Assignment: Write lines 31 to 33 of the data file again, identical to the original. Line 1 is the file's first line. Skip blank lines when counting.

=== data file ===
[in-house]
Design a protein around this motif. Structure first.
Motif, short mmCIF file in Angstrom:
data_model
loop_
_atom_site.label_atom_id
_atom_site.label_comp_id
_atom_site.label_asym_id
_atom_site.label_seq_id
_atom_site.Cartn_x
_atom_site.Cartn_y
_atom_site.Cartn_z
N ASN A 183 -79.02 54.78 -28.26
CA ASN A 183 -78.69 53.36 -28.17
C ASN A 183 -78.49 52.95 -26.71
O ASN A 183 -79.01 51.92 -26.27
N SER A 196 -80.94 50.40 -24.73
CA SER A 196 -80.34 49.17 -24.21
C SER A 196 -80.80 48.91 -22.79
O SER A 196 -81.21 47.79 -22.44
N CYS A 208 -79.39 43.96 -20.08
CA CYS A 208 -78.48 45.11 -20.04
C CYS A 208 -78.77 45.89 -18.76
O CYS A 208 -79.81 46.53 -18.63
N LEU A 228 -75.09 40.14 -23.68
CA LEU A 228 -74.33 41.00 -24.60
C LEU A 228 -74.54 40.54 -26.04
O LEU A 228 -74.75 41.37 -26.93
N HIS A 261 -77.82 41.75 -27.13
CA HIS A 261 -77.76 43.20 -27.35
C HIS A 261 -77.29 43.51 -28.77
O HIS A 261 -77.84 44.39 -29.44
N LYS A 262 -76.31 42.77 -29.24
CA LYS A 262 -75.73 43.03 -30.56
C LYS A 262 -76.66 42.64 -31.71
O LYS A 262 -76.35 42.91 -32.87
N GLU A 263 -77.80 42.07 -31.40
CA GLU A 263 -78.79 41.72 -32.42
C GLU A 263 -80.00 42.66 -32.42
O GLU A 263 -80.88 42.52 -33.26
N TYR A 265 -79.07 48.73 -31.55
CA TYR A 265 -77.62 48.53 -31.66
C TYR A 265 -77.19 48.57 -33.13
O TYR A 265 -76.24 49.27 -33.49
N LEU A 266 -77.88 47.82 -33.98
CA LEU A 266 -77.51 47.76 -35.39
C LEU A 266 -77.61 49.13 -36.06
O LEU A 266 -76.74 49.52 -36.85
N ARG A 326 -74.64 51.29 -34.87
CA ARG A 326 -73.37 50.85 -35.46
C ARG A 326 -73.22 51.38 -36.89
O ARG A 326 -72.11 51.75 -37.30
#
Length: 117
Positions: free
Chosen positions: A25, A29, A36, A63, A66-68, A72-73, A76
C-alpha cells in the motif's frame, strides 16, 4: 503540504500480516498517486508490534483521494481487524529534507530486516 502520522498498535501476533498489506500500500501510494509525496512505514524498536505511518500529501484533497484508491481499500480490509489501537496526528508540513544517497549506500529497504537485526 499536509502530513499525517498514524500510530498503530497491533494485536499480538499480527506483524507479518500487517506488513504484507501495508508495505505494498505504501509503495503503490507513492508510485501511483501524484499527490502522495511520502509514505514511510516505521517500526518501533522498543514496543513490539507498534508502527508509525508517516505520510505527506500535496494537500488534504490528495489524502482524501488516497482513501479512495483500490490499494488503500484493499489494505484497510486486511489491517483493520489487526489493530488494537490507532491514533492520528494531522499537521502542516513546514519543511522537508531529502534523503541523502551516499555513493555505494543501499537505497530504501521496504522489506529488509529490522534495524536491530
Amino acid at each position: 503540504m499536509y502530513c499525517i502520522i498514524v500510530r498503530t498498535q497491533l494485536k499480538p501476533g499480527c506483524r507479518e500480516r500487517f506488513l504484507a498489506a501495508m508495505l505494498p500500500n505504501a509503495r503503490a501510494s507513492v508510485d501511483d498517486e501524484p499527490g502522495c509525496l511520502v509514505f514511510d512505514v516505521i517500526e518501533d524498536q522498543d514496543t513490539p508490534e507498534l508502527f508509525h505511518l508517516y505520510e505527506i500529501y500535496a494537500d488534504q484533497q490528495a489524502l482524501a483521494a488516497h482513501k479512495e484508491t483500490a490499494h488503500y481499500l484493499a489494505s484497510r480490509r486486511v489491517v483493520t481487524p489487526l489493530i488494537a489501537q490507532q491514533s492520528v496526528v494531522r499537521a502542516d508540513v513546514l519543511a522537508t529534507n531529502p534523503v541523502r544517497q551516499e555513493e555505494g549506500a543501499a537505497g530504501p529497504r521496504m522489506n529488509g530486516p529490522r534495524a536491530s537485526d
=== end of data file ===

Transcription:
C HIS A 261 -77.29 43.51 -28.77
O HIS A 261 -77.84 44.39 -29.44
N LYS A 262 -76.31 42.77 -29.24